This piece was reprinted by OpEdNews with permission or license. It may not be reproduced in any form without permission or license from the source.
Julian Assange sits in a jail cell today after being betrayed by the Ecuadorian government and his home country of Australia. A British judge named Michael Snow has found the WikiLeaks founder guilty of violating bail conditions, inserting himself into the annals of history by labeling Assange "a narcissist who cannot get beyond his own selfish interest." So that tells you how much of a fair and impartial legal proceeding we can expect to see from the British judicial process on this matter.
But the real reason that Assange has been surrendered by the Ecuadorian government, imprisoned by the British government, and ignored by the Australian government is not directly related to any of those governments, but to that of the United States of America. An unsealed indictment from the Trump administration's District Court for the Eastern District of Virginia, accompanied by an extradition request, charges Assange with "conspiracy to commit computer intrusion for agreeing to break a password to a classified U.S. government computer" during Chelsea Manning's 2010 leak of government documents exposing US war crimes.
This charge is premised on a fraudulent and manipulative distortion of reality, and you may be one hundred percent certain of it. Let me explain.
You can be absolutely certain that this charge is bogus because it isn't based on any new information. The facts of the case have not changed, the information hasn't changed, only the narrative has changed. In 2010 the United States opened a secret grand jury in Virginia to investigate whether Assange and WikiLeaks could be prosecuted for the publication of the Manning leaks, and then-Attorney General Eric Holder announced that the Obama administration was conducting "an active, ongoing criminal investigation'' into the matter. The Trump administration has not turned up any new evidence that the Obama administration was unable to find in this active, ongoing criminal investigation (US government surveillance has surely acquired some new tricks since 2010, but time travel isn't one of them), and indeed it does not claim to have turned up any new evidence.
There's a huge myth being misreported about today's indictment of Assange. The claim that Assange tried to help Manning circumvent a password to cover her tracks isn't new. The Obama DOJ knew about it since 2011, but chose not to prosecute him. Story on this soon.
Glenn Greenwald (@ggreenwald) April 11, 2019
"There's a huge myth being misreported about today's indictment of Assange," journalist Glenn Greenwald tweeted today. "The claim that Assange tried to help Manning circumvent a password to cover her tracks isn't new. The Obama DOJ knew about it since 2011, but chose not to prosecute him. Story on this soon."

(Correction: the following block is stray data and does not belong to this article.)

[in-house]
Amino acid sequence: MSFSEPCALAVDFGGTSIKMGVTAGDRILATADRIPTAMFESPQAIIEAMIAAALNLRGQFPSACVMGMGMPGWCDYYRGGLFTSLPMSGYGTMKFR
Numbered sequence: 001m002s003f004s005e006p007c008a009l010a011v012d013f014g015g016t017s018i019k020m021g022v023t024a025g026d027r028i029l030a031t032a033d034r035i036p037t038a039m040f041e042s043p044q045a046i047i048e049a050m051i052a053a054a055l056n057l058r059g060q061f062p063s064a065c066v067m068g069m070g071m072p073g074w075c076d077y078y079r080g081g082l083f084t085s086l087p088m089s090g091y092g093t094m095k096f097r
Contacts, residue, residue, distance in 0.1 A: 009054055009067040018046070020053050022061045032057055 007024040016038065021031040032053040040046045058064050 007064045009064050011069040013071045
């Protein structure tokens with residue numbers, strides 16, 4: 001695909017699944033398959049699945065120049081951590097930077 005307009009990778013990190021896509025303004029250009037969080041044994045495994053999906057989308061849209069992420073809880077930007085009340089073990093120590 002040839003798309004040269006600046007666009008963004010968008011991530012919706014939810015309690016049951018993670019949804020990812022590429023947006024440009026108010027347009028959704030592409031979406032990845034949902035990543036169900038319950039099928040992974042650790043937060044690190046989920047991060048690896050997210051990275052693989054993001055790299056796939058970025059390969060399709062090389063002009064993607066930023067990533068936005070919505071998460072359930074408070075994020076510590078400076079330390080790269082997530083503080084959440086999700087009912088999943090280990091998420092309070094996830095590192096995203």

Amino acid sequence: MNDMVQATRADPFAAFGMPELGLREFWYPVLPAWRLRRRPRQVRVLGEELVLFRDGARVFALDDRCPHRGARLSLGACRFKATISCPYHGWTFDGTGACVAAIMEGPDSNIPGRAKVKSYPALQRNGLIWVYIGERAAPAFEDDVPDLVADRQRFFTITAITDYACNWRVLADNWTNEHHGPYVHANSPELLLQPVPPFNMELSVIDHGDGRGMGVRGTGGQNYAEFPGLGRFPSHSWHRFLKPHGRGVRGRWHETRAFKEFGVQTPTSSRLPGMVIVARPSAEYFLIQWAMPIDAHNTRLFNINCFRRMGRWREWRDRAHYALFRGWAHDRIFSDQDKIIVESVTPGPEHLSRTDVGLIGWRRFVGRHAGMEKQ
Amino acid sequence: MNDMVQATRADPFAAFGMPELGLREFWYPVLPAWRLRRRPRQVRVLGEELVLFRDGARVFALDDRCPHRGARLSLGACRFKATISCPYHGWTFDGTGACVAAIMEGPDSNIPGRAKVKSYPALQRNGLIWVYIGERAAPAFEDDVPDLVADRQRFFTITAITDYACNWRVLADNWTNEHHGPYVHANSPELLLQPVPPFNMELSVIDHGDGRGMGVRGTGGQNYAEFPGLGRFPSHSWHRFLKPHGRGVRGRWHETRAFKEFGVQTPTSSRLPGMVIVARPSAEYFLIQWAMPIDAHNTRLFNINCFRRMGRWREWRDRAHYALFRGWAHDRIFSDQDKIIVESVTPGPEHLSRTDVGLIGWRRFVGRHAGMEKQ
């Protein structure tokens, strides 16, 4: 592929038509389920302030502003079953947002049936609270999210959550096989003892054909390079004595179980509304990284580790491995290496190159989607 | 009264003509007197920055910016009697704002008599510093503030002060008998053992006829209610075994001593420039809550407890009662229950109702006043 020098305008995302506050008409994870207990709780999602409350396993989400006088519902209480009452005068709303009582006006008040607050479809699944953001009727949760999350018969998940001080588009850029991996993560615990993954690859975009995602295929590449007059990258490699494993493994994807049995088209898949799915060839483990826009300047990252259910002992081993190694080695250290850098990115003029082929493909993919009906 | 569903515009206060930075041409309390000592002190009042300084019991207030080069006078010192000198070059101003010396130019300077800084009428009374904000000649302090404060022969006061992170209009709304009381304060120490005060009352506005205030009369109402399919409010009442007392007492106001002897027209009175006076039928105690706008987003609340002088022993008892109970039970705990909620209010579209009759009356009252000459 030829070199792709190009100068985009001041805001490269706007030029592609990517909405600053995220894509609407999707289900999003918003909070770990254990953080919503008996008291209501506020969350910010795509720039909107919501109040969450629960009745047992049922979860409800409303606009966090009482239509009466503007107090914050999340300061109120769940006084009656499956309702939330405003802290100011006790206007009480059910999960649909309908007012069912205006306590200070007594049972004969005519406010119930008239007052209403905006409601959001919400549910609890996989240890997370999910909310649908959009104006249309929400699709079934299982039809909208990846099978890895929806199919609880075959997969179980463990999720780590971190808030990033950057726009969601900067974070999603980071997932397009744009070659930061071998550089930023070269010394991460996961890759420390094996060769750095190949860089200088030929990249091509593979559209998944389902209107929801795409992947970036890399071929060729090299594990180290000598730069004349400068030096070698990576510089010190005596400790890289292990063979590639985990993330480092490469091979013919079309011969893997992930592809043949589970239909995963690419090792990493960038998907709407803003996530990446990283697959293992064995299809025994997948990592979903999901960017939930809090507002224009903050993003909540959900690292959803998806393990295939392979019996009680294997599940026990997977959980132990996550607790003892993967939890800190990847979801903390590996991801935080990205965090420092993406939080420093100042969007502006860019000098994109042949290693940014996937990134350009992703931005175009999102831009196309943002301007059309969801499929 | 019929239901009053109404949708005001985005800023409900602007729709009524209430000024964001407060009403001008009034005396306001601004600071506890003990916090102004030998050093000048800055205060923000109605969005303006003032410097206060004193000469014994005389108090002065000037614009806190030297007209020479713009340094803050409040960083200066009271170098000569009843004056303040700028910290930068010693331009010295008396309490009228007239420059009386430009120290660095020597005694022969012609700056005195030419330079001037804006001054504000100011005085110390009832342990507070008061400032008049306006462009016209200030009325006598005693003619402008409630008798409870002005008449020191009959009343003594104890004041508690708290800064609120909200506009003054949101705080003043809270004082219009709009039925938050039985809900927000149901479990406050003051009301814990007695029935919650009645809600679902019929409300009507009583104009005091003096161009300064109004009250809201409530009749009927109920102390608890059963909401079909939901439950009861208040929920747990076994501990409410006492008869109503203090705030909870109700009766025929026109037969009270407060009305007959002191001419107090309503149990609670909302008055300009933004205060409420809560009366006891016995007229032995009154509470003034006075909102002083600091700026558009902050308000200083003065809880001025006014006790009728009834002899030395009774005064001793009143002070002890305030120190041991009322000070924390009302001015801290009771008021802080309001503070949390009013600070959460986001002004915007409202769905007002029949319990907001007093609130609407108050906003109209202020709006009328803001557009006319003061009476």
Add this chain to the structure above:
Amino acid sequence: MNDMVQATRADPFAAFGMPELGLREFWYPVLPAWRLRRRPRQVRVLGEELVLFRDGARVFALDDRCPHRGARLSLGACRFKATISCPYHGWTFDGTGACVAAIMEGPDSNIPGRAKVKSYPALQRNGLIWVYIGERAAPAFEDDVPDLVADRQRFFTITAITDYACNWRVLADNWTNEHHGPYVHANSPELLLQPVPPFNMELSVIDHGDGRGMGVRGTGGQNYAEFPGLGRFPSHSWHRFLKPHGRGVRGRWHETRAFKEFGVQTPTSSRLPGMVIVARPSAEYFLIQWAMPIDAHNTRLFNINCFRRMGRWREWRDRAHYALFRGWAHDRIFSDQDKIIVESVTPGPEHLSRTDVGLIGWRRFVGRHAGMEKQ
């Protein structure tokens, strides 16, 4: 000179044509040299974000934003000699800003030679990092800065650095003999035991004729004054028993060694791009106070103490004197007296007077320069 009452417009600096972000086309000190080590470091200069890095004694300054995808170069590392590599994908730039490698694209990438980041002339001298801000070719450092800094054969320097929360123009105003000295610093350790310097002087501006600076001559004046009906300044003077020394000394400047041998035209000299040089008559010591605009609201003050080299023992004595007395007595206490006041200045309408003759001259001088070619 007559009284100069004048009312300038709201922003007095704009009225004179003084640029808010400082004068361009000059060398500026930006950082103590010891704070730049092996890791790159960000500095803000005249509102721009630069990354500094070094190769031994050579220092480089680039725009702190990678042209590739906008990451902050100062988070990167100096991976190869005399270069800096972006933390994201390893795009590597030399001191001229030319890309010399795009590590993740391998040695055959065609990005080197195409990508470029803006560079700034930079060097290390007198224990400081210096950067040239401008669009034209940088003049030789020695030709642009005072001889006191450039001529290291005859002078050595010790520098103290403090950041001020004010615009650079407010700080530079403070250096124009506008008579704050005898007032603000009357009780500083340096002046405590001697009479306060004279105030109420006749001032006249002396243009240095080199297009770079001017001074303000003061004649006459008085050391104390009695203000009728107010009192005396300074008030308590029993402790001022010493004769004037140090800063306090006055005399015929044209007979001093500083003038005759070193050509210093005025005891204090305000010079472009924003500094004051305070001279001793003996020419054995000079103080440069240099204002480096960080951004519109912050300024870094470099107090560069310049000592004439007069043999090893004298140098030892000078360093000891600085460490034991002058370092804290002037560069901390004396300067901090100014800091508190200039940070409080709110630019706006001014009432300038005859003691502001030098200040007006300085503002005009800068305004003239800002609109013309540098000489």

"Holder chose not to prosecute Assange based on the same info Trump DOJ cited," Greenwald added.
"The weakness of the US charge against Assange is shocking," tweeted NSA whistleblower Edward Snowden. "The allegation he tried (and failed?) to help crack a password during their world-famous reporting has been public for nearly a decade: it is the count Obama's DOJ refused to charge, saying it endangered journalism."
This is all information that the Obama administration had access to (journalist Tim Shorrock observed that the alleged 2010 correspondence between Assange and Manning "looks like it came straight from NSA surveillance" of the two), yet it chose not to do what the Trump administration is currently doing because it would endanger press freedoms. This means that nothing has changed since that time besides (A) the fact that there is now a more overtly tyrannical administration in place, and (B) the fact that the public has been paced into accepting the prosecution of Assange by years of establishment propaganda.
Last year, after it was revealed that the Trump administration was seeking Assange's arrest, Greenwald wrote the following:
"The Obama DOJ despite launching notoriously aggressive attacks on press freedoms recognized this critical principle when it came to WikiLeaks. It spent years exploring whether it could criminally charge Assange and WikiLeaks for publishing classified information. It ultimately decided it would not do so, and could not do so, consistent with the press freedom guarantee of the First Amendment. After all, the Obama DOJ concluded, such a prosecution would pose a severe threat to press freedom because there would be no way to prosecute Assange for publishing classified documents without also prosecuting the New York Times, the Washington Post, the Guardian and others for doing exactly the same thing."
The weakness of the US charge against Assange is shocking. The allegation he tried (and failed?) to help crack a password during their world-famous reporting has been public for nearly a decade: it is the count Obama's DOJ refused to charge, saying it endangered journalism.
(Note: You can view every article as one long page if you sign up as an Advocate Member, or higher).